Yes, unfortunately Donald Trump can be the next president
Confessions from someone who once supported a populist political outsider’ and what can happen when people give up on ‘politics as usual’.
In less than a month, Americans will cast their vote. And barring another cliff-hanger result like 2000, the question of who will succeed Barack Obama will be settled.
As an American living in Sweden, I’ve been amazed by the level of US election media coverage here. But what was supposed to make this election historic — a woman competing for the White House — has been overshadowed by the unlikely rise and shocking behaviour of her opponent.
The latest “shock” (if one can still be shocked after so many unbelievable statements) from Republican candidate Donald Trump came in the form of an 11-year-old video clip in which he’s heard bragging about grabbing at women’s genitals.
The revelations came just days before Trump was to meet Hillary Clinton in their second televised debate — and it showed once again how Trump has reduced this campaign to ‘road kill politics’: when you know you should look away because what you see will give you nightmares, but you can’t help but looking in wonder at the horror in front of you.
But make no mistake — it is happening. Donald Trump is actually running for President of the United States — and he actually has a chance of winning.
I can’t count the number of times I’ve been asked about Donald Trump by Swedes I know. How did he get nominated? Who exactly supports him? He can’t REALLY have a chance of winning…can he?
I usually try to broaden the conversation by talking about the diversity of the US and our complicated electoral system to avoid giving the honest (but slightly uncomfortable) answer: Yes, Donald Trump could very well be the next US president.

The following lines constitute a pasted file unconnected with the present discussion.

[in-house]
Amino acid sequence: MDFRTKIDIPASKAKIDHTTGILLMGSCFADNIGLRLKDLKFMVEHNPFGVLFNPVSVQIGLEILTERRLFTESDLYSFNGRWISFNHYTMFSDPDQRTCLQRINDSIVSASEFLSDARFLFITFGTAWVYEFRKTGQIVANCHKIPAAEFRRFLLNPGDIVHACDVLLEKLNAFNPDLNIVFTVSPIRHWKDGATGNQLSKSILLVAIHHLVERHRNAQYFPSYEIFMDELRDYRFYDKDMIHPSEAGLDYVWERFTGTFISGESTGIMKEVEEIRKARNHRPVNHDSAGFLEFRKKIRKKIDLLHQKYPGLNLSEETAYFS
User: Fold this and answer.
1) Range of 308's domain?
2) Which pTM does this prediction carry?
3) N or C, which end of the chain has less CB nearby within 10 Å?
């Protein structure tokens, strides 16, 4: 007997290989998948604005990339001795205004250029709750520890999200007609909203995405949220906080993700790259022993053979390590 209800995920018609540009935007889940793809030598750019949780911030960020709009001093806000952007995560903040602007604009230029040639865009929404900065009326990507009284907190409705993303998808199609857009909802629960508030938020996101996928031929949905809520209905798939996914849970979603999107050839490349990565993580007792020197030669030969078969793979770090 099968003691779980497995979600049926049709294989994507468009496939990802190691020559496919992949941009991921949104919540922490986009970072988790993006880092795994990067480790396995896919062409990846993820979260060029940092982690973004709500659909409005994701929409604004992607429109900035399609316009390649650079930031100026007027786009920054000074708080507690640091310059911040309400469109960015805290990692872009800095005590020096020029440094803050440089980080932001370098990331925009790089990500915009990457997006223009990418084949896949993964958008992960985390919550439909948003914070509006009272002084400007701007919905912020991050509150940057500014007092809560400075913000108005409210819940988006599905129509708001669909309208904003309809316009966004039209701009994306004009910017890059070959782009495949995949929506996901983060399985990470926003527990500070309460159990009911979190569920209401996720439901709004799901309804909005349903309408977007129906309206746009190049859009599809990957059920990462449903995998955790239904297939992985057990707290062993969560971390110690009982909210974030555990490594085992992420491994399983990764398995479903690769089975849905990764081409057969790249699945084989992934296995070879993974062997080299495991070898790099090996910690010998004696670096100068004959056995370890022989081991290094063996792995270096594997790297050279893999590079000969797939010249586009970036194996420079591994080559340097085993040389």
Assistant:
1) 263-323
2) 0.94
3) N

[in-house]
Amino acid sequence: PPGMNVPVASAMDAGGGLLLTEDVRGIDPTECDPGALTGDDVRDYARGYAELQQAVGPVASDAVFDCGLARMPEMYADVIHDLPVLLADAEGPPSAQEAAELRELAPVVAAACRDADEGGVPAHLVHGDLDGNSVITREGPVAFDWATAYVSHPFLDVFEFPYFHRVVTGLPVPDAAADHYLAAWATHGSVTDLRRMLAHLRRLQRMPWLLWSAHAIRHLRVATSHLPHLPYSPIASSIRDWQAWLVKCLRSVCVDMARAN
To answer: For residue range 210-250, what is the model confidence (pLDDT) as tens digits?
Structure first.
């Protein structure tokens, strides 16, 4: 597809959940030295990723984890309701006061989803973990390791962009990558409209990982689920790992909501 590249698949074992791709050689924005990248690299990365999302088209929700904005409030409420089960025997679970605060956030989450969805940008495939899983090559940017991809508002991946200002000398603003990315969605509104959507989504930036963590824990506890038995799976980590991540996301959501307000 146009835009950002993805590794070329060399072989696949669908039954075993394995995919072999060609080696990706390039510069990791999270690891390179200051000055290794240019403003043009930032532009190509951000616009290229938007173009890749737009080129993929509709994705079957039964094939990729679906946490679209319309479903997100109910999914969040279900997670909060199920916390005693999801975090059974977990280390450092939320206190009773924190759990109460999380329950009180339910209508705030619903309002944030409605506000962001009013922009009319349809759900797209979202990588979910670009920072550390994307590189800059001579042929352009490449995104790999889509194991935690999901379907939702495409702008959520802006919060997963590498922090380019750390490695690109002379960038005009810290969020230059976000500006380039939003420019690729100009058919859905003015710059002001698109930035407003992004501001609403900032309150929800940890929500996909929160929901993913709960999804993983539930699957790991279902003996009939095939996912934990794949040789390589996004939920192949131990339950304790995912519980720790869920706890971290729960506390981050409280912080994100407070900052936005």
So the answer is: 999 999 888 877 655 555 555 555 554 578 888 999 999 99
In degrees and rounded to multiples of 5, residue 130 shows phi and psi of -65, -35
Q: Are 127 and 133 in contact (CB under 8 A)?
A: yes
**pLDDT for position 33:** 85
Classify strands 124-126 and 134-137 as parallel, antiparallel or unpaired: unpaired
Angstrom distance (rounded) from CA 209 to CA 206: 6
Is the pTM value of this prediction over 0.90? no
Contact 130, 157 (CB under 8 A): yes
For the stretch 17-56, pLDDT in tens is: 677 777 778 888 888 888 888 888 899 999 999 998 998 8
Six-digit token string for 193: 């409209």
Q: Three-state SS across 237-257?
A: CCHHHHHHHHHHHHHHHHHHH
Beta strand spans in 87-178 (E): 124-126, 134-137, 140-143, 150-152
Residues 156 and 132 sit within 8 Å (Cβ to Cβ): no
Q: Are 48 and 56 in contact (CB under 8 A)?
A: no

You see, I once voted for a bombastic, straight-talking outsider — who also happened to be a former reality TV star. I helped him win election to the highest office in the land. And if I can make a choice like that, than anyone can.
So how did it happen?
The year was 1998 and the place was my home state of Minnesota — a place where many Swedes put down roots after emigrating to American — and where politics as usual is, well, politics as usual.
It was supposed to be the year we elected an establishment candidate with a well-known name and impressive career in public service (sound familiar?).
The candidate-in-waiting then was Democrat Hubert ‘Skip’ Humphrey III, son of Vice President Hubert Humphrey, who served under Lyndon Johnson before finishing his career as a senator. His name was by far the biggest in Minnesota politics — Republican or Democrat.
Humphrey was such a strong favourite that Norm Coleman, the Democratic mayor of Minnesota’s capital city St. Paul, actually switched parties in 1996, realizing his only real shot at becoming governor was as a Republican.
The race was already set to be an exciting one — especially by Minnesota standards. But then Minnesota ‘politics as usual’ suddenly got very unusual.
The turning point came when Jesse ‘The Body’ Ventura — a former professional wrestler best known for parading around in pink tights and a feather boa — announced he too was running for governor.
I, like most Minnesota voters, had vivid memories of Ventura on TV body-slamming opponents and shouting at the camera.
While he had been elected mayor of a mid-sized Minneapolis suburb after retiring from wrestling, Ventura was very much a political outsider compared to the other candidates.